Honors student

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An honors student is a person recognized for achieving high grades or high marks in their course work in the United States.

In the US honors students may refer to

  1. Students recognized for their academic achievement on lists published periodically throughout the school year, known as honor rolls, varying from school to school, and from enlarged different levels of education.
  2. Students enrolled in designated honors courses or honors program.
  3. Students who are members of the National Honor Society or other honor society.

Honors students are often recognized for their achievements. A student who has made numerous appearances on the honor roll may be awarded with some form of academic letter, or any other form of notification.[1] A similar concept to honor rolls exists in colleges and universities in the United States, known as the Dean's List.

In many other countries the meanings of the academic phrase honors or honours come in different forms. Generally, 'honours' is not actually a de jure degree itself, it is used to indicate (the level of) a distinction with which a undergraduate degree was earned. Usually, Honours degrees are four-year programs (sometimes also three year programs e.g. in UK). 'Honours' basically means that students have achieved their degree with a high overall average GPA and they, typically, have undertaken a small final project, paper or essay (also known in UK as dissertation). An undergraduate honours distinction should not be confused with a "postgraduate" with Honours or Cum Honore degree, which is actually (part of) an academic degree itself, e.g. the one-year Bachelor with Honours degree in Australia, the one-year Baccalaureatus Cum Honore degree in Canada or the four-year integrated Master with Honours degree in Scotland. "Postgraduate" Honours degree programs generally involves completion of master's level courses and the submission of a long high-research thesis. A student who holds a de jure Honours degree is eligible for direct entry either to a Doctorate (PhD) or to a two- to three year very-high-research Master´s degree program.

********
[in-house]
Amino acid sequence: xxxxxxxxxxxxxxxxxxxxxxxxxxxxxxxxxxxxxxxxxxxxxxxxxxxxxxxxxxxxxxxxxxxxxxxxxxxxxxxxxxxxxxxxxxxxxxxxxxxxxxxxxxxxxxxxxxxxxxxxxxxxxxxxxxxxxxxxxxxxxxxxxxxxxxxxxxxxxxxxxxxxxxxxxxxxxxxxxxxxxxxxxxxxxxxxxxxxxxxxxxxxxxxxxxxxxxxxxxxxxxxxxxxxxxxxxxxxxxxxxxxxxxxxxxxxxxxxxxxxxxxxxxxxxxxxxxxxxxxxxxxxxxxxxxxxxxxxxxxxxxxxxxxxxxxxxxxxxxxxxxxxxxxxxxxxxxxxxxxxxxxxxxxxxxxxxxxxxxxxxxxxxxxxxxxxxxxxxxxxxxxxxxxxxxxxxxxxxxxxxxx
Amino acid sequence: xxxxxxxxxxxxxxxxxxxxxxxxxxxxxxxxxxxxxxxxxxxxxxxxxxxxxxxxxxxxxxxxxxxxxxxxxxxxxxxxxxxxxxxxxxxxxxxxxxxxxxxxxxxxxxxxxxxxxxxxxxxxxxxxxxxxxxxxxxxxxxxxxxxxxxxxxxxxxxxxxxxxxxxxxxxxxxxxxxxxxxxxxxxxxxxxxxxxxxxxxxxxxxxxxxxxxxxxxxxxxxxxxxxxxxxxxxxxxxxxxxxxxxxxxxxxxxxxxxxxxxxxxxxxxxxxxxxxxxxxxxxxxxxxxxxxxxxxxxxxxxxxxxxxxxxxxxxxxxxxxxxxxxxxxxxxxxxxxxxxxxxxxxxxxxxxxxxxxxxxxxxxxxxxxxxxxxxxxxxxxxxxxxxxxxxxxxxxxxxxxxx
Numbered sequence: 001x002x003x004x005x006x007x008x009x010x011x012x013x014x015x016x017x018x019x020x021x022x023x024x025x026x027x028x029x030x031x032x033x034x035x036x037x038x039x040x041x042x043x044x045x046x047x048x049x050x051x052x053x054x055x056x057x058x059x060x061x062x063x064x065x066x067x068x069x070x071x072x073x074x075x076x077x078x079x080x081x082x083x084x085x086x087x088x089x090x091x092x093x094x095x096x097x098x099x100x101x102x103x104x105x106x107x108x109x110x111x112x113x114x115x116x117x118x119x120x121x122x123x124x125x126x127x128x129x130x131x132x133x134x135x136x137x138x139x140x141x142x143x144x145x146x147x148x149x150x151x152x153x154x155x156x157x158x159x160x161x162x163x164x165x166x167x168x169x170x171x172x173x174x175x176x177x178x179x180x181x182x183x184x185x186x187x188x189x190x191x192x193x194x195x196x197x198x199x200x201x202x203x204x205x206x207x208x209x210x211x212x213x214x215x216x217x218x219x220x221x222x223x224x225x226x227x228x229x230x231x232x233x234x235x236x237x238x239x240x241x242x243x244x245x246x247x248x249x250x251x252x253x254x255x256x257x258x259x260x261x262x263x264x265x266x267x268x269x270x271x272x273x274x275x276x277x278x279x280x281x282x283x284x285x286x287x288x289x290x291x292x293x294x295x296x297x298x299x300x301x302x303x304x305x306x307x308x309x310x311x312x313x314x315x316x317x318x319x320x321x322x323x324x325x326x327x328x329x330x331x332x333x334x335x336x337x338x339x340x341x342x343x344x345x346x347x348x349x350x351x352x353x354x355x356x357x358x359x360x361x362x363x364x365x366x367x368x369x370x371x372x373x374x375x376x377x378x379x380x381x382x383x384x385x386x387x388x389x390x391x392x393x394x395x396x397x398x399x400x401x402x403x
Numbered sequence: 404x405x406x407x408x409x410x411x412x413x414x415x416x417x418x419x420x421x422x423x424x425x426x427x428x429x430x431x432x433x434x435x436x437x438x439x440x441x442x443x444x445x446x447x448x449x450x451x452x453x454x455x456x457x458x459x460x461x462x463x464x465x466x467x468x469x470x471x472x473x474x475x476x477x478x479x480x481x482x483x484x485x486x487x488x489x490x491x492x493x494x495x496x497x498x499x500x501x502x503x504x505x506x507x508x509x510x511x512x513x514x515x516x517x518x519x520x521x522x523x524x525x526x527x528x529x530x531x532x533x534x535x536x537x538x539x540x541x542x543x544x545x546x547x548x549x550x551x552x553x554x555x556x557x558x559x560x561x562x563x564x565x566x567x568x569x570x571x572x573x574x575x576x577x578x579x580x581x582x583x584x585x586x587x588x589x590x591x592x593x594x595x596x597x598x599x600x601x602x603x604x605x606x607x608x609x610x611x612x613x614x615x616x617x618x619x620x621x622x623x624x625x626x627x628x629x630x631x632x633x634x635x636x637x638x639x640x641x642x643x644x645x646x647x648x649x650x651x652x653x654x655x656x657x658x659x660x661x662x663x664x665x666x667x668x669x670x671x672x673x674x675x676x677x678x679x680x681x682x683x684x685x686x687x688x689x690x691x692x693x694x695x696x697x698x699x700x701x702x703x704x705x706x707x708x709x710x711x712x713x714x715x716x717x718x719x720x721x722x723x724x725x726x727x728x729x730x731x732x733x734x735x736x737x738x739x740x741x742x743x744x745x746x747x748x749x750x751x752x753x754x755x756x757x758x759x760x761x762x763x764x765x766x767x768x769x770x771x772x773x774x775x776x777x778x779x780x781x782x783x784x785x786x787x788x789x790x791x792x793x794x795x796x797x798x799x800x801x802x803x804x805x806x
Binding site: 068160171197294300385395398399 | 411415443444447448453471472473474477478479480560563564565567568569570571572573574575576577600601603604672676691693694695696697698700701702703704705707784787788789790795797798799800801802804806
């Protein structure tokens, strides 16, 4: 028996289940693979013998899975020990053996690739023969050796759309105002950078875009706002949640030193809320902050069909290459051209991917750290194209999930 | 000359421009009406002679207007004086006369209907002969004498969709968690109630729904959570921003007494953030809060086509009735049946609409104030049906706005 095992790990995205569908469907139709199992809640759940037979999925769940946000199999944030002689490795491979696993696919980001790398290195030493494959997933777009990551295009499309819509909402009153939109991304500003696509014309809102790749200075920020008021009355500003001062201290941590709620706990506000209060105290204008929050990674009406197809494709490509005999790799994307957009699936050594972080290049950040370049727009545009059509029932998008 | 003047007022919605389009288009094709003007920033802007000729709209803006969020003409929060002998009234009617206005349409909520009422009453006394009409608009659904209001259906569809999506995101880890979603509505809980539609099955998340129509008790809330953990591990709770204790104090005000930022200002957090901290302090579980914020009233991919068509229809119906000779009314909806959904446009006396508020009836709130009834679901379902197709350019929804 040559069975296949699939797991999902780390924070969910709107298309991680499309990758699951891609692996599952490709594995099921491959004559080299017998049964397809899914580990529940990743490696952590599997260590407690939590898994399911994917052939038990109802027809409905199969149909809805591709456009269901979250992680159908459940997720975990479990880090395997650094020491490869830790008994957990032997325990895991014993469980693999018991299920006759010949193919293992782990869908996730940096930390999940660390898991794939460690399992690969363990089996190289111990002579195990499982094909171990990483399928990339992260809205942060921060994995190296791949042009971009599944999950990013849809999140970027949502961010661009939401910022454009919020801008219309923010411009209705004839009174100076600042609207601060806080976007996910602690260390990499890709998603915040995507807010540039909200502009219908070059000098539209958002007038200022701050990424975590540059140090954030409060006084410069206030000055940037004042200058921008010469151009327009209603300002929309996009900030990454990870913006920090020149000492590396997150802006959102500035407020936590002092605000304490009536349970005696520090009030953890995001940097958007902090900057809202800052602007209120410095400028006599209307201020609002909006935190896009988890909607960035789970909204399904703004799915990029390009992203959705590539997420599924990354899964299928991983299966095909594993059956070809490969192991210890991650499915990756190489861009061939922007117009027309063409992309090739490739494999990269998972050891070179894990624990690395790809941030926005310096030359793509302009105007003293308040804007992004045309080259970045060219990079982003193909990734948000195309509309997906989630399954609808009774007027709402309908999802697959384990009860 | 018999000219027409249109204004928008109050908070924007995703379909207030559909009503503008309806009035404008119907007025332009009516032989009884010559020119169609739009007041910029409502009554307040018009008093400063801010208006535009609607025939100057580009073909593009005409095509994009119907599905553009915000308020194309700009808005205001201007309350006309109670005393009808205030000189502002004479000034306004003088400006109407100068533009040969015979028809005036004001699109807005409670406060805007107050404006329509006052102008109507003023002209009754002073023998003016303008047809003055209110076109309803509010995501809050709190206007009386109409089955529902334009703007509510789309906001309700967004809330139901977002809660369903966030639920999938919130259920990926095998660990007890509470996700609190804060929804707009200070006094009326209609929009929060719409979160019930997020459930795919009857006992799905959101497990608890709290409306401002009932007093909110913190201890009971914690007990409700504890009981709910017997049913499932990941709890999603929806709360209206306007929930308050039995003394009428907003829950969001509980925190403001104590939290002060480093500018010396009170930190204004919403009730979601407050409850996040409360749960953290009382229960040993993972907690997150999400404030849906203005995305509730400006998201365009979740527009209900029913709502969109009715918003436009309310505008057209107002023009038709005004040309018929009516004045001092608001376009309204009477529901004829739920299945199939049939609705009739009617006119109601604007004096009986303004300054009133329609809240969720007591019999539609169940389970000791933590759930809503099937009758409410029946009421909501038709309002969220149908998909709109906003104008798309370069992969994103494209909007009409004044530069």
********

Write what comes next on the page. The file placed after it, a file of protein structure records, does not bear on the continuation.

Criticism[edit]

Some researchers have questioned the validity of the honor roll as an effective form of positive reinforcement. It is argued that the pursuit of extrinsic reward is not an accurate reflection of intrinsic interest in course material. [2] There are also questions on the effectiveness of separating high-achieving students from their peers, in the form of magnet schools or honors courses. [3]

Honors courses[edit]

An honors course is a class in which the most advanced students are placed. Most students placed in honors courses are highly motivated and dedicated to their educational experience.[4]

Motivation is the main quality that characterizes an honors student. In addition to being committed to academics, they are encouraged and many participate in volunteer work, organizations & clubs, cooperative education, research, study abroad and cultural activities.[5]

Honors programs have specific entrance requirements and completion criteria in order to graduate with Honors, or cum laude, a distinction that employers view most favorably.[citation needed]

Honors classes also cover advanced material, permit more in-depth study than a standard course of study and may require independent research.

See also[edit]

References[edit]

  1. ^ "Academic Letterwinners". Gale-Ettrick-Trempealeau School District. 2008. 
  2. ^ Greene, David; Lepper, Mark R. (Dec 1974). "Effects of Extrinsic Rewards on Children's Subsequent Intrinsic Interest". Child Development (Wiley) 45 (4): 1141–1145. 
  3. ^ "-". [dead link]
  4. ^ "Honors Study". Texas A&M University. Archived from the original on 2009-03-21. 
  5. ^ "Mission of the Honors Program". University of Kansas.